6/21/1983? It could be July 17, poems are out of sequence. for June
cleaned up a bit 9/2016
He must've died. I didn't write about what happened to him.

MUSIC TO WATER THE GARDEN

MUSIC TO WATER THE GARDEN

Clawing clay notes from the piano,
spreading earth tones from the keys,
a cacophony resounds
in the discordant rhythms
like flocks of blackbirds, off time.
Notes played off each other
too close for comfort,
discordant rubble resounds
in the inner ear,
close to the home of thought.
In the waterfalls of the ear,
you push the notes higher
until they yield their last drop.

6/21/1983
added9/2016

THE DANCER, v 1 & 2

THE DANCER

On the bare wood floor
of the demolished building
in the center of town,
she lifted both arms skyward with hands,
fragile birds, the pulse of her wrist,
on either side, she kept a slow rhythm
to the open air as she turned,
in a lengthy rhythm towards the street,
where an invisible audience
began to hear the music as she danced.
As if each note took on shape and coloration,
there was a sculptural effect to her movements.
The invisible audience in the street
slowly became visible as she danced,
bathed in the soft purplish tones of Aflat.

6/21/1983
added 9/2016

another version

The dancer sits with her legs splayed
on the wooden dance floor.
She bends down head to knee
and back to sitting position
with arms outstretched,
surveying herself in the mirror,
only to see her reflection
slide off the wall.

9/1/1983

ON NATIVE LANGUAGES text FIND hard copy

ON NATIVE LANGUAGES
       No one is ever an expert
       on evening air...

                —C.B. Davis

In the country we speak native languages.       
The languages the birds speak               
are different than the languages of air.
Have you heard the red language of trees in Nova Scotia        
where the tide listens to the wind
blow each day in the Bay of Fundy

Bluejays speak in synchopated rhythm
like sultry evenings in New Orleans            
where a solo clarinet breathes
another kind of speech.

What is the language of moonlight on trees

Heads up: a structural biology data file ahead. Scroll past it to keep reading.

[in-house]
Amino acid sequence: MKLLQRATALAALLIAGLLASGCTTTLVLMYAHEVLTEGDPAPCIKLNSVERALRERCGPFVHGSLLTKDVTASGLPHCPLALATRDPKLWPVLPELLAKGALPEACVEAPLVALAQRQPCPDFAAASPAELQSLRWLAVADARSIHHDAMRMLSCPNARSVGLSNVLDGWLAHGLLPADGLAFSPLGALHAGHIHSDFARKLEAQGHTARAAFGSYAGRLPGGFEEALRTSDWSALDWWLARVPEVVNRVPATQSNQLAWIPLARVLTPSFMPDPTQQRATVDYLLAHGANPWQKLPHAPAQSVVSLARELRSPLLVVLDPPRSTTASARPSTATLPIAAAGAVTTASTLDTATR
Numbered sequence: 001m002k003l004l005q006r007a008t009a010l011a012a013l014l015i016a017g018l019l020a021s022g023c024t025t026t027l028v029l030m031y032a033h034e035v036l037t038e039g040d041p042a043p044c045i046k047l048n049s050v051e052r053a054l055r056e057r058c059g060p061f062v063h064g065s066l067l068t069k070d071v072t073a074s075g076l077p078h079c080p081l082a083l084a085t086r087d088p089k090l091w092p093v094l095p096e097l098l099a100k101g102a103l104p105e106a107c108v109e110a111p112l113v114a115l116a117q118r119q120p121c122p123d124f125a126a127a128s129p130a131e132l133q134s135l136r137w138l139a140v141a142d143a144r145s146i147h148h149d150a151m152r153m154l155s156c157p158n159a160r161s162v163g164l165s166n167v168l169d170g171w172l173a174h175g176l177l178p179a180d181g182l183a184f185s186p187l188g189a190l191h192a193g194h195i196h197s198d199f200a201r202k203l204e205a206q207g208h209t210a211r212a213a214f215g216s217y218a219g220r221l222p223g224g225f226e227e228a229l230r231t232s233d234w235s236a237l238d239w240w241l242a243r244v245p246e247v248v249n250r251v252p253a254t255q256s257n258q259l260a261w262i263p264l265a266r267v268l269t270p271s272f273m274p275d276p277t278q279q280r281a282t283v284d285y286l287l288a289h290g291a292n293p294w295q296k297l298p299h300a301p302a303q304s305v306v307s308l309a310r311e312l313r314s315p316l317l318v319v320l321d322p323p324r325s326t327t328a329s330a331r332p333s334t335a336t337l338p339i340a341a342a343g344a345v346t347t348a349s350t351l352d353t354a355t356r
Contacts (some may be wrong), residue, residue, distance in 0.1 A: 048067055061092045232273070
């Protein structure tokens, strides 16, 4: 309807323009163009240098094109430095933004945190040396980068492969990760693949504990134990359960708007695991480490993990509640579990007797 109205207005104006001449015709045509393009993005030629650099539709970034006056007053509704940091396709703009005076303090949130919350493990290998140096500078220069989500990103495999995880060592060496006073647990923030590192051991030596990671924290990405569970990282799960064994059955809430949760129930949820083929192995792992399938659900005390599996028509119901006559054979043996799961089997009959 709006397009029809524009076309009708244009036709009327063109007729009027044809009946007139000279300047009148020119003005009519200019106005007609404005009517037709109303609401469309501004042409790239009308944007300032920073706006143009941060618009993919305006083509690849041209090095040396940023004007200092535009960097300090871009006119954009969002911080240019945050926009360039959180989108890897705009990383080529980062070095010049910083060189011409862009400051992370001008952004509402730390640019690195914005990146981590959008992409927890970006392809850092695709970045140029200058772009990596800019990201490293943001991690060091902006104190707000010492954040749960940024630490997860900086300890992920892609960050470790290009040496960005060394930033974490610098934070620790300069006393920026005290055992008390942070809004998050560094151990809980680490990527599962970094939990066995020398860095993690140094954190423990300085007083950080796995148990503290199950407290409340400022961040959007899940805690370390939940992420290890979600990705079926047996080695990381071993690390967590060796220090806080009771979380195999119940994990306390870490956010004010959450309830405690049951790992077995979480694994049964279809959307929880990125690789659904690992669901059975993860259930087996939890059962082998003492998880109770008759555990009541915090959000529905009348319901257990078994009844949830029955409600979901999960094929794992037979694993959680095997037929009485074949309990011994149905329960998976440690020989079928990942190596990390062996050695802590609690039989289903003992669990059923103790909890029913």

or of a wounded animal crawling from the piano
after listening three days to Mozart's sonatas.
Who is listening to the language of cells-
reproducing, mutating and dying at will
taking the future brainsong with them?

Je te aime  un petit chat       langue d' Oc
cat’s tongues. The language of yes.
The blue resonance of flowers
keeps careful time with the sky.

When I was a child, each evening I sang:
Here kitty kitties, here kit-kits, here kitty-wits.
The cats knew their song.
The native language of cats,  a memory
following you at dawn
    through the orchard.

The translucent ear looking like a shell 
in need of a tongue.
A deluge of words singing
waiting for delivery
A stirrup-cup of sound:       
White noise draped cat-like
over an armchair.

Have you heard the language of hibiscus  
Plumeria behind the ear proclaiming love:
   follow me.

Or the tilted spiraling language                 
of cantilevered hawk wings                    
leaving small resting places in the air    
for the soft notes of feathers to resound.

Who is listening to the heavy-lidded language of eyes?      
The sky language of a woman 
sleeping alone, dreaming     
whole bars of music
and understanding what the source is.   

On a continual journey with no destination
the air speaks the only native language
the singing language of a single heart beating
of clouds, of thunder, tornadoes
the language of air calling you a song.

Birds of the air are closer to the source.
Air is the only true language.
perhaps the scimtar winged swallows
in their sanskrit flight
beating a cadence across the sky
are the only true experts on evening air.

date? guessing 83?

Sunday, June 19, 1983

INTELLECTUAL TITILLATION


intellectual titillation 
   —to Patty Trucksaw and other writers

Stop your
Mind
We
Want
To get
Off.

Father's Day 
6/19/1983

Saturday, June 18, 1983

CPITS WORKSHOP POEMS, CAMP CAZADERO, 1983

Ideas from Lou Welch, Jack Grapes workshop

Step out onto the planet
Draw a circle hundred feet round
Inside the circle there are 300 things
no one has ever seen before
And maybe no one even knows about
How many can you write about?

Ever since I lived in the woods
I've had a passion for Mozart
Didn't you know he composed in the woods?

Grass collectively bends toward light
Crow feather sheen on labs room
Collision of relief on wood
Circular prisms of sunlight
parallel inversion
on delineated shadows of leaves on earth
Spoor tracks of trucks
Chicken wire roof, a net to catch sunlight
from falling too hard against the earth.

Wrinkled pachyderm skin
the arch of a limbo
Woodpecker delineations
Shadows of trees keeping them in check.
The leaves maiden journey through the air,
branch tips circling up to light,
breaking away from gravity.
Gentle blur of aqueous tale,
synchronization of grass and wind.